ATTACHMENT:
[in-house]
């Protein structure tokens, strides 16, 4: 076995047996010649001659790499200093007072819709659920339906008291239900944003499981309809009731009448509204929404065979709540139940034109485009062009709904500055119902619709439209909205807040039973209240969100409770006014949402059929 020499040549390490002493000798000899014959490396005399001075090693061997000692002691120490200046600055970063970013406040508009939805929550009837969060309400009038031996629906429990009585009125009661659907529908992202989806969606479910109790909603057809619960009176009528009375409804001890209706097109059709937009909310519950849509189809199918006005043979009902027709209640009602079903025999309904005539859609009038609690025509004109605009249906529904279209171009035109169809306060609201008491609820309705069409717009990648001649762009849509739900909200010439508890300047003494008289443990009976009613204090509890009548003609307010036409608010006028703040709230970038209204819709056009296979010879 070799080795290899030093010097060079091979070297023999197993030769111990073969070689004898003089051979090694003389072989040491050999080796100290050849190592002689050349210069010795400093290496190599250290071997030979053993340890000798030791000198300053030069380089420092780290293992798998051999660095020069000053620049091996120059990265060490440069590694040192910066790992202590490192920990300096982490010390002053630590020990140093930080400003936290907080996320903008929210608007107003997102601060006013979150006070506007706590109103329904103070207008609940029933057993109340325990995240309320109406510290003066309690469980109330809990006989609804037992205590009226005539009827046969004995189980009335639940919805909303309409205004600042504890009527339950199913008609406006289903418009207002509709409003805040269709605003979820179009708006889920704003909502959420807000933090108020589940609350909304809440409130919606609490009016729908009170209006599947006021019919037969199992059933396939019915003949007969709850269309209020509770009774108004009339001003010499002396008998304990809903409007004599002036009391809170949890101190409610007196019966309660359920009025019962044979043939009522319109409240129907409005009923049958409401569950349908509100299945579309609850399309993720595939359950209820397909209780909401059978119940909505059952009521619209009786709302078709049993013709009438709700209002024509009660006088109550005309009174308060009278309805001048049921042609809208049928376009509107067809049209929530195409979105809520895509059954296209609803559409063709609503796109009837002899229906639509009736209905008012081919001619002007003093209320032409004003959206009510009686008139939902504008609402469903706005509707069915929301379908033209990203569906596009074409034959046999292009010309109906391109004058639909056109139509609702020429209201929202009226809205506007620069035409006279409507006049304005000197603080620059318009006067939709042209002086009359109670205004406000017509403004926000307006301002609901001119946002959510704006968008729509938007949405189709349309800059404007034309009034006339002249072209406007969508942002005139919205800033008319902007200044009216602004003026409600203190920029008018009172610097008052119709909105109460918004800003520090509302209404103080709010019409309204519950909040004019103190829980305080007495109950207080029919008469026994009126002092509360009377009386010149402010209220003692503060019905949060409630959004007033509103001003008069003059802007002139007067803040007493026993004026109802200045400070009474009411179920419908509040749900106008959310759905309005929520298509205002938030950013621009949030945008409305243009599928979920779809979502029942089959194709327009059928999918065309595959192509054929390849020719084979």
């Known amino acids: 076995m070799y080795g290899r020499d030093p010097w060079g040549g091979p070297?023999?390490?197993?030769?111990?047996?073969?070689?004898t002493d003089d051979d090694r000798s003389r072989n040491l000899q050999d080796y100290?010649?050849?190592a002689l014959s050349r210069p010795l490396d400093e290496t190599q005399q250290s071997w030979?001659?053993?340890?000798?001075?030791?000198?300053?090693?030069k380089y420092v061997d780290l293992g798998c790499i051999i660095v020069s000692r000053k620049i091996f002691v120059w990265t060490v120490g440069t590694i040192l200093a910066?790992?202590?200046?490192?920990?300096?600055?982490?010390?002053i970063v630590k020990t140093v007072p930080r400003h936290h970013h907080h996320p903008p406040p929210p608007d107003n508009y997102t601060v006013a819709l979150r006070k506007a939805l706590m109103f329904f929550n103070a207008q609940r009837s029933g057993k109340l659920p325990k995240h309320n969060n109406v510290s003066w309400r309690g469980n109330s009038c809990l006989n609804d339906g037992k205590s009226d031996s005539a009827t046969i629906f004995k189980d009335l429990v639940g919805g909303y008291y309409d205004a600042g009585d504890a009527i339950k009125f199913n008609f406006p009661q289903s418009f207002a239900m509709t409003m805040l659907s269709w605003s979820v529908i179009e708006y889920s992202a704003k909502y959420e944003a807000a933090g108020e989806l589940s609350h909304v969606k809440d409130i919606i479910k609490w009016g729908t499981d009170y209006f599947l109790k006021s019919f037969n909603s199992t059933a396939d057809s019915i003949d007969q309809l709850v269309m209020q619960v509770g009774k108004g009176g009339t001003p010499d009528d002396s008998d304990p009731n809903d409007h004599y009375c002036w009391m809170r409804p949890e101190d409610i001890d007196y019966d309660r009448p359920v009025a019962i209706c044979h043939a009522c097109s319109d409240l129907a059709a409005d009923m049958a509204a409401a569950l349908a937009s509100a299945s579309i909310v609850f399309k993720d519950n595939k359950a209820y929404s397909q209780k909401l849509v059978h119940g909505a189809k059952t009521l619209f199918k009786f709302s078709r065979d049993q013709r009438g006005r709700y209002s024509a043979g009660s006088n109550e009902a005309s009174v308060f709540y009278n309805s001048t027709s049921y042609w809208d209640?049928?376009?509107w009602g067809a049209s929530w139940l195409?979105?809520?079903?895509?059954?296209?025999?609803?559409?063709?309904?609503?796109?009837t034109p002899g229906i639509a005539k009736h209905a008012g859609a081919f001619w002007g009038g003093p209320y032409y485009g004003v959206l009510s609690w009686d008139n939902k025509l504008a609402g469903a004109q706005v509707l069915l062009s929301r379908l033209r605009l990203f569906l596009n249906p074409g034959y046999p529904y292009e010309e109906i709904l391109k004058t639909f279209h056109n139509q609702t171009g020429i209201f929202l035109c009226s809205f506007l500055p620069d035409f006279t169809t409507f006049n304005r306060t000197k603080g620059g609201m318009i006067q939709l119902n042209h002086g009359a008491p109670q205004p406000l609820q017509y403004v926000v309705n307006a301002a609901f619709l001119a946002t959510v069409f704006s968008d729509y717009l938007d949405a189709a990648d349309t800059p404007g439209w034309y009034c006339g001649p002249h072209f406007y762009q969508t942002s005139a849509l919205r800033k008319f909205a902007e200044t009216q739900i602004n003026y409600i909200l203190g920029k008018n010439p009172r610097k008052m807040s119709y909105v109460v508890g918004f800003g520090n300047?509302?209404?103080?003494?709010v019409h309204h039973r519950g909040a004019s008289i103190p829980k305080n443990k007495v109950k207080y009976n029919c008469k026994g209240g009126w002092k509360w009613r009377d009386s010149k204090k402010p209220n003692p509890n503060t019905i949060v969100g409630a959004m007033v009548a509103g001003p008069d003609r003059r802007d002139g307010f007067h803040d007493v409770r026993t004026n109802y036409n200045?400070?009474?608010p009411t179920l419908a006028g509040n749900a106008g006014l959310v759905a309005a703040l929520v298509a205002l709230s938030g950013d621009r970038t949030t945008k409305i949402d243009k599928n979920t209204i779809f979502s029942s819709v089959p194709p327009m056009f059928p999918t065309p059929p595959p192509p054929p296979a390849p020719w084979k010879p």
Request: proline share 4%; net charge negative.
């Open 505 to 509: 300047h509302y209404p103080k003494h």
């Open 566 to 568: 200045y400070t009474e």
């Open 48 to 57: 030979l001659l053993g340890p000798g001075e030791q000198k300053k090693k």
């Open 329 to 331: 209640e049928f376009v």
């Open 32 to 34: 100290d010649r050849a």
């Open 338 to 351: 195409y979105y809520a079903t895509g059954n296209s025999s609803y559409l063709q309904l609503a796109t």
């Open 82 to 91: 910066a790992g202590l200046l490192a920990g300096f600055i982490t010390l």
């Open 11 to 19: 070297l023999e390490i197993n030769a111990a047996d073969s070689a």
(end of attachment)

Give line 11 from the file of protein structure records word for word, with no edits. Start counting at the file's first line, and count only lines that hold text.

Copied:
């Open 82 to 91: 910066a790992g202590l200046l490192a920990g300096f600055i982490t010390l």